In the fall of 1782 a preliminary agreement to end the hostilities of the American Revolution was signed between Great Britain, France and the new independent American colonies.
The agreement, referred to as "the Treaty of Paris" was officially signed in September, 1783, and it laid out the principles for peace.
Although American negotiator Benjamin Franklin demanded the cessation of Canada to an independent America, he knew that the British Government of Prime Minister Lord Shelburne was opposed to the American independence and would be unprepared to accept that offer. The months of hard bargaining resulted in a preliminary agreement with the articles for peace.
Primary to the agreement was, the British negotiators agreed to the evacuation of New York City, which was the main British stronghold in the American Colonies.
The preliminary articles of agreement were signed on November 30, 1782. Soon after the preliminary agreement was signed the British patriots urgently became aware of their situation and their potential treatment in the future. British supporters began to hold meetings and signed petitions for land grants in areas still under British rule.
These British supporters, who for many years were the heart of Colonial America, thought they were now being forced to leave for their own safety. Some other reasons for leaving ranged from loyalty to Britain and a rejection of the republican ideals of the American Revolution, to simply the offer of free land in British North America. Many were prominent Americans whose ancestors had originally settled there in the early 17th century. Many had already lost their property, confiscated by the revolutionary Sons of Freedom.
They felt forced to move north, into present day Canada and to other areas of British North America and the British Colonies in the Caribbean for the safety of living under British Rule.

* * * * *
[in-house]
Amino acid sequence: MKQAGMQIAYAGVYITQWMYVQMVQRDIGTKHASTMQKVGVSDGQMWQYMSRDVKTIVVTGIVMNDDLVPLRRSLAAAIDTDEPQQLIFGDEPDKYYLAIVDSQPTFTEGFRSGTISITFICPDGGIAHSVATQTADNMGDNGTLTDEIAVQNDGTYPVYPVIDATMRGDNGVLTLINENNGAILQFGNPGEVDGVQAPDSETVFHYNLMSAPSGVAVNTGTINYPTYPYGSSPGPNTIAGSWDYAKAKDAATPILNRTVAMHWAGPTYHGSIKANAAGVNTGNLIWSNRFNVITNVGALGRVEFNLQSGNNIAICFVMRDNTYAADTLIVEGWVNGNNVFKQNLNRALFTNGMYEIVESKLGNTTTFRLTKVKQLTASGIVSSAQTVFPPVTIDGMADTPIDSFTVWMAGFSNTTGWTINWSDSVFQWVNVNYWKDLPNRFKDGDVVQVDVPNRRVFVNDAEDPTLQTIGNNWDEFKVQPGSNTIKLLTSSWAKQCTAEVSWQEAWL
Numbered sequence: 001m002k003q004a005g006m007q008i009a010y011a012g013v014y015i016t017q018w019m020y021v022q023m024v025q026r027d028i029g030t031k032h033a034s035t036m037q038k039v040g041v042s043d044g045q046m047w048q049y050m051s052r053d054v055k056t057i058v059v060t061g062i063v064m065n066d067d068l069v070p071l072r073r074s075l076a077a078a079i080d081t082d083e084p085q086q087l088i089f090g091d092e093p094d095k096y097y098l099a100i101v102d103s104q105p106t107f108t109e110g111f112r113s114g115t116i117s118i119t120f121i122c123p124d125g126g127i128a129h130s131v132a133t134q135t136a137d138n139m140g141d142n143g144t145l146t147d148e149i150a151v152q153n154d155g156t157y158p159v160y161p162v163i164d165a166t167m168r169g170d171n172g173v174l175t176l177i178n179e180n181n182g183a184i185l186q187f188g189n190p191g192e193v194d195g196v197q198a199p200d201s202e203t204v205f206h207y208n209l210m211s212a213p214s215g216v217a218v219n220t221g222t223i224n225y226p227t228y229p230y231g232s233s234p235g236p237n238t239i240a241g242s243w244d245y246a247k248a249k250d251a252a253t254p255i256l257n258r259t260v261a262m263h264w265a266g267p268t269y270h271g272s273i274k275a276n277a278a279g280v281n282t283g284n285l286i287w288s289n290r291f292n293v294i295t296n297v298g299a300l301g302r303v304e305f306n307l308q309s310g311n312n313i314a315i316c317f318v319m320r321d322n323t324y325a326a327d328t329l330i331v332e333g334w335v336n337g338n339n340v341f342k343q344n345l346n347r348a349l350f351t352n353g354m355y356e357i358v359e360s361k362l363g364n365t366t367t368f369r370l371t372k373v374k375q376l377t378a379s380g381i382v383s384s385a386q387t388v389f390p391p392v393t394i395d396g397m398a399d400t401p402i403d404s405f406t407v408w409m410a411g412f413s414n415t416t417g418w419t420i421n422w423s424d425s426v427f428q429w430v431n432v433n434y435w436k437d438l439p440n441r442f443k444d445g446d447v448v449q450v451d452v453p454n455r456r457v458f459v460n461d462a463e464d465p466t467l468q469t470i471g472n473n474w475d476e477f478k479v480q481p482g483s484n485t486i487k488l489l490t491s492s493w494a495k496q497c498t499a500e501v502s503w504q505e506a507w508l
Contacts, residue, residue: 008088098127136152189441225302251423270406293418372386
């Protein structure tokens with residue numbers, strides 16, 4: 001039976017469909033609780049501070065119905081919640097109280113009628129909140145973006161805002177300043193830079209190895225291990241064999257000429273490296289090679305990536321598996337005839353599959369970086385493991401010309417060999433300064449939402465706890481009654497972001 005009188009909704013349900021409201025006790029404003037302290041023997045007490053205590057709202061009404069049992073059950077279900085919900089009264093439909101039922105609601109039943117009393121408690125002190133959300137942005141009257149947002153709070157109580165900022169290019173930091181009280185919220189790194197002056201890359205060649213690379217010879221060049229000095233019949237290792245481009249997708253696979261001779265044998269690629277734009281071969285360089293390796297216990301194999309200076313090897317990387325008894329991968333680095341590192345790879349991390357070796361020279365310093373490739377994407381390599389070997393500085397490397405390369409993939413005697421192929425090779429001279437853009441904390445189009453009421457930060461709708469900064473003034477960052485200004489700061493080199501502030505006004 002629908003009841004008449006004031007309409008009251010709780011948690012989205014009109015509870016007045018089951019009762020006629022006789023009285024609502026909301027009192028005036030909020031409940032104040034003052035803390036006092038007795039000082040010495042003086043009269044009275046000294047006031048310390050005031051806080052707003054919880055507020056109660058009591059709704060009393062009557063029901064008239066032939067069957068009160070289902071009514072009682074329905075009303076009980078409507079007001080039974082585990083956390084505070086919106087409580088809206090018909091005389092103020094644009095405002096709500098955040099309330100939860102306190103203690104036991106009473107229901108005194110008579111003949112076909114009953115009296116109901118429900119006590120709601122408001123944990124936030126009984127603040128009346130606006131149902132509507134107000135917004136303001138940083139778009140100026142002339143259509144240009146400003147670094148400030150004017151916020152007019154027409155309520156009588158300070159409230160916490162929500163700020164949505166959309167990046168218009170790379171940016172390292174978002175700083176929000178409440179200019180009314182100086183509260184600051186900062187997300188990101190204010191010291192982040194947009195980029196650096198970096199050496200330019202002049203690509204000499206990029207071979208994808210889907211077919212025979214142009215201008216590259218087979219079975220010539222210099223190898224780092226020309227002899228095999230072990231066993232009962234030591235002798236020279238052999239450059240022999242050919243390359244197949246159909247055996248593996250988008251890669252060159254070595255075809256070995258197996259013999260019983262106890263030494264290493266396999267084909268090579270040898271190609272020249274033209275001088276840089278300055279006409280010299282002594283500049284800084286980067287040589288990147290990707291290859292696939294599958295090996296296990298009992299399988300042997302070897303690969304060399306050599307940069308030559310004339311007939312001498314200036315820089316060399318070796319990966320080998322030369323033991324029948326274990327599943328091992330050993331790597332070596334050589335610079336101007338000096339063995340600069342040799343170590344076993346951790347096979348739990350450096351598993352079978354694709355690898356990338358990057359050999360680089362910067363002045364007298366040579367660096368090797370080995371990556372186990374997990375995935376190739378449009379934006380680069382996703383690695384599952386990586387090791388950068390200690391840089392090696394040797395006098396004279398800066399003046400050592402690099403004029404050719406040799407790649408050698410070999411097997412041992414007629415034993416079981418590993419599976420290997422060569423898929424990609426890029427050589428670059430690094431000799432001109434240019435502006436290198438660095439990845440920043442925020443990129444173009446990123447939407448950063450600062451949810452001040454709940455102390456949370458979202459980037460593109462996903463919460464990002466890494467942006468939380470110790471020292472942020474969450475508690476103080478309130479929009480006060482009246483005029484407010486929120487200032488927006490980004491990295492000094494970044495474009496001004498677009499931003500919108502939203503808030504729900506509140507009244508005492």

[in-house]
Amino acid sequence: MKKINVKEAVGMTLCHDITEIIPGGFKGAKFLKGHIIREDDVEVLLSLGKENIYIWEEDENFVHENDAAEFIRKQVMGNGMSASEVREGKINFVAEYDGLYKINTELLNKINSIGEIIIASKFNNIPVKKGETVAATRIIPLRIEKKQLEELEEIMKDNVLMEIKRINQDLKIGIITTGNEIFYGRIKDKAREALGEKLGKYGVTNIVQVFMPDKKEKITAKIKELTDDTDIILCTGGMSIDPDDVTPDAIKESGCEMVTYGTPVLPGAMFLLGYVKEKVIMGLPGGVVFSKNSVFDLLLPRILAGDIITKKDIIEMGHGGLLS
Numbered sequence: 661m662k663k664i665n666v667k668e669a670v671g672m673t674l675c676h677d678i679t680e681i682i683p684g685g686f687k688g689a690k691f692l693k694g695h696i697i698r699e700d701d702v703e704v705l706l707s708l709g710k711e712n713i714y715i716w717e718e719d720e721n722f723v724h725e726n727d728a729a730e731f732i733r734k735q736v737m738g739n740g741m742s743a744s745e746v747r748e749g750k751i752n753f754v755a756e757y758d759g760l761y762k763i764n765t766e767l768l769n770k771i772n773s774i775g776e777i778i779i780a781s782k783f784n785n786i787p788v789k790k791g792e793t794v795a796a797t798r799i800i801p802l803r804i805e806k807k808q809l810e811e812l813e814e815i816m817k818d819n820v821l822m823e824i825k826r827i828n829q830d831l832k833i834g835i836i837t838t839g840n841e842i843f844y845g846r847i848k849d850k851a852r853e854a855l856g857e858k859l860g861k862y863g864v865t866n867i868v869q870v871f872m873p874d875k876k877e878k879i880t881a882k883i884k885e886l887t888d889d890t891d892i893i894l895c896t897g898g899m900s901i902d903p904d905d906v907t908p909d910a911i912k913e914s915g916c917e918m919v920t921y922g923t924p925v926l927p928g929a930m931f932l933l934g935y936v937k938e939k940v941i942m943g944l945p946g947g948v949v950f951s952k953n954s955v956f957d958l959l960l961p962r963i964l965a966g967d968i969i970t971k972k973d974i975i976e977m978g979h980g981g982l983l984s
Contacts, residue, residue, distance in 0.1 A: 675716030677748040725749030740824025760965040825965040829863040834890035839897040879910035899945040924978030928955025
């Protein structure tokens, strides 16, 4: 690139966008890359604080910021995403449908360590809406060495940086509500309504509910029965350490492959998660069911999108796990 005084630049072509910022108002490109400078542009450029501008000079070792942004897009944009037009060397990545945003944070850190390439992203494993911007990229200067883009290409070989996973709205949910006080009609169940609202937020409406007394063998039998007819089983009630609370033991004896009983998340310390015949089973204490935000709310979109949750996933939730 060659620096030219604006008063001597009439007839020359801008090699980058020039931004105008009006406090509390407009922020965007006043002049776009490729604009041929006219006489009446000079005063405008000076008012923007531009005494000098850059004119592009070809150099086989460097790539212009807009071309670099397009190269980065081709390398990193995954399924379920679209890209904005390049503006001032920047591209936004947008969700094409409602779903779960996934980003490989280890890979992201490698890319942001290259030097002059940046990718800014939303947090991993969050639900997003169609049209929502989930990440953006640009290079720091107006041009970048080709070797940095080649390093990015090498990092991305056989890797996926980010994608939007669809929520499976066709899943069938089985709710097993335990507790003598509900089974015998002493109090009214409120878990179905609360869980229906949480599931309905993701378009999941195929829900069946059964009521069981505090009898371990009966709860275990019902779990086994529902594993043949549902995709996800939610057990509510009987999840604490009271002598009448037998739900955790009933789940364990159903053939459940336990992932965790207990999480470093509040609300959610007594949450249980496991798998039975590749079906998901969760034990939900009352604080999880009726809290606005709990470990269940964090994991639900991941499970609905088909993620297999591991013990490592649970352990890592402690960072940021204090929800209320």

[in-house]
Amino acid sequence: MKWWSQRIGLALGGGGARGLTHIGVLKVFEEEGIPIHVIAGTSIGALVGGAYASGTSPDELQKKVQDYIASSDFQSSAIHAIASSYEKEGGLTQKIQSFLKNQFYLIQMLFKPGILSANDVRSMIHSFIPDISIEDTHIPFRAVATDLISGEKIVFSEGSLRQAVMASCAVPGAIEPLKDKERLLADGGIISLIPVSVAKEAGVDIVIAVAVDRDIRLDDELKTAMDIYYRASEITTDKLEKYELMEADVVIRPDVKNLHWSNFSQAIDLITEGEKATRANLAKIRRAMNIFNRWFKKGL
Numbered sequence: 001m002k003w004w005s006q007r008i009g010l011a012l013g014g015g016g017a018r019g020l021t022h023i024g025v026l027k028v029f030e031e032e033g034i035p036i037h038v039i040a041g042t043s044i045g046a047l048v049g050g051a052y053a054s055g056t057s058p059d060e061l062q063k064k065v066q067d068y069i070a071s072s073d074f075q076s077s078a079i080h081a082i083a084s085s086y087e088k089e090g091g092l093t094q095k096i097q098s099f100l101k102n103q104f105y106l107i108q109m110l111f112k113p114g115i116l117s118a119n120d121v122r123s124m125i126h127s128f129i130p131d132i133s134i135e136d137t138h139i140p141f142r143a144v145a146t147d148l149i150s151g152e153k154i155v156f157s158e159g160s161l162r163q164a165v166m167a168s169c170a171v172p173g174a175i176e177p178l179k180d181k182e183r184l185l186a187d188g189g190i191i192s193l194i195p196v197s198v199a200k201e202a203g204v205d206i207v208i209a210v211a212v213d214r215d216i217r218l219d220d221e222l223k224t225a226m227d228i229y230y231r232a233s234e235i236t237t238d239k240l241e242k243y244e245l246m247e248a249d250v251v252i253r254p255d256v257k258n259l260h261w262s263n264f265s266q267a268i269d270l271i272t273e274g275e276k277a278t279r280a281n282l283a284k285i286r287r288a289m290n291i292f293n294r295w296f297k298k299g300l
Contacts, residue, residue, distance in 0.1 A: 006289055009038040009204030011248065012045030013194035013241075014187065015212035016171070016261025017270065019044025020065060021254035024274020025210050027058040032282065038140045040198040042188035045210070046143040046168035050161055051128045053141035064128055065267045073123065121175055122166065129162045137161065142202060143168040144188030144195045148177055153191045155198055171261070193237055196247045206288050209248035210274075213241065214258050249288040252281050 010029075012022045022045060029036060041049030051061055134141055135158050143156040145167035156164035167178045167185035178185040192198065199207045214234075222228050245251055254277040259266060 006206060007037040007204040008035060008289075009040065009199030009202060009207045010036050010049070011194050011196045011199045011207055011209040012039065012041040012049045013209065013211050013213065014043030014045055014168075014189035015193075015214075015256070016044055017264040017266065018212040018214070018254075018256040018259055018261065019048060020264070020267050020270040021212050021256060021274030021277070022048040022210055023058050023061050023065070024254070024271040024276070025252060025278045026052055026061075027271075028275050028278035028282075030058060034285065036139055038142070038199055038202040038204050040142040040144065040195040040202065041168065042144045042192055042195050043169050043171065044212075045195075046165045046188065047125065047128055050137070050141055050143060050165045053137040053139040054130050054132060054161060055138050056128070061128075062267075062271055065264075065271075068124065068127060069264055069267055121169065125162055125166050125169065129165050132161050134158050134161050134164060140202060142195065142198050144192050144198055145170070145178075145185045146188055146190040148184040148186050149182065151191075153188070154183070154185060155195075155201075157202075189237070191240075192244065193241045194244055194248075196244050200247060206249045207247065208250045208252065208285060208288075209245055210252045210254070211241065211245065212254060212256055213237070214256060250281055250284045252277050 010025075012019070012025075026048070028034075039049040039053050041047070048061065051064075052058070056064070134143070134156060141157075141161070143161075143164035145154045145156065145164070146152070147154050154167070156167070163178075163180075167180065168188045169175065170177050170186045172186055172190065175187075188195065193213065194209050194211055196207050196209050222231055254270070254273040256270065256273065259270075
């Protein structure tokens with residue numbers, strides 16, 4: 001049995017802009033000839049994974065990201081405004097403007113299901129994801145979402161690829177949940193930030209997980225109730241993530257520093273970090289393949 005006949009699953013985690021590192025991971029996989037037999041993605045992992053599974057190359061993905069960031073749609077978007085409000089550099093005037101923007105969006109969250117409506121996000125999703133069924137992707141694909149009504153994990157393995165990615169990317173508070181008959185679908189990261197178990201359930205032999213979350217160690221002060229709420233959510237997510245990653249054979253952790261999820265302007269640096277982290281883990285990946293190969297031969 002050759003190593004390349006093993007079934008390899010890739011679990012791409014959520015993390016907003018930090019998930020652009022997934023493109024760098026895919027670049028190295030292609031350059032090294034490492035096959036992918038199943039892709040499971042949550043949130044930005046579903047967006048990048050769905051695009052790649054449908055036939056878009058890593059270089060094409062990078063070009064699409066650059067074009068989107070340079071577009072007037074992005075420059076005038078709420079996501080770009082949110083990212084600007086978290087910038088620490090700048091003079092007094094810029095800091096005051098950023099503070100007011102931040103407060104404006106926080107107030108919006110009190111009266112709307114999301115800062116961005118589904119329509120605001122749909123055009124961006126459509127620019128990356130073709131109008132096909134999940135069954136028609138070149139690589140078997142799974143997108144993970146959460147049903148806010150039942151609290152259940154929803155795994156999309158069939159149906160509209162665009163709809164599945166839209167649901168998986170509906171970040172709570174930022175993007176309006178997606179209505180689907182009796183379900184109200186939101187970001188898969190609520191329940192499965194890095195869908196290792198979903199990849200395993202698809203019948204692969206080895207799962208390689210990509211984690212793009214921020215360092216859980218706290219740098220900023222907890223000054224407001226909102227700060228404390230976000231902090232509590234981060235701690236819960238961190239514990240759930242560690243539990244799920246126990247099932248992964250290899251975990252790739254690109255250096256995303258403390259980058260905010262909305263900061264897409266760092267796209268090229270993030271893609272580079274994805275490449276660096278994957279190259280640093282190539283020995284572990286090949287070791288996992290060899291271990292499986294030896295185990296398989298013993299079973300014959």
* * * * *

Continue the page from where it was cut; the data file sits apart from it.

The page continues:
The name, "United Empire Loyalist", is an honorary title, given to those people who were refugees of the American Revolution. Many stories are recorded about these Loyalist people
and their circumstances.
The future "Westchester Refugees" were from just north of New York City, in the County of Westchester. Some of the Westchester Loyalists were granted properties in Remsheg, on a 20,300 acre property of Crown land. The proposed parcel of land was situated on the Northumberland Strait, about 50 miles from Fort Cumberland.
Between 80,000 and 100,000 loyalists migrated from the American Colonies. Approximately 35,000 came to the Maritimes. The Remsheg Grant was for 109 farm lots of about 200 acres each and 239, 3 acre town lots in Fanningboro a site for the proposed community given to families coming to Remsheg.
Two ships carrying over 450 refugees destined for Cumberland County, left New York City during the first week of June 1783. They travelled up the Bay of Fundy, with one stop in the Annapolis Valley; they landed on July 15 at Fort Cumberland, near present day Amherst.
Over the past two hundred years, these Loyalist's descendants have made remarkable contributions to Nova Scotia's government, education, agriculture, business and religion. Many people in Cumberland County can trace their ancestry to the Loyalist settlers.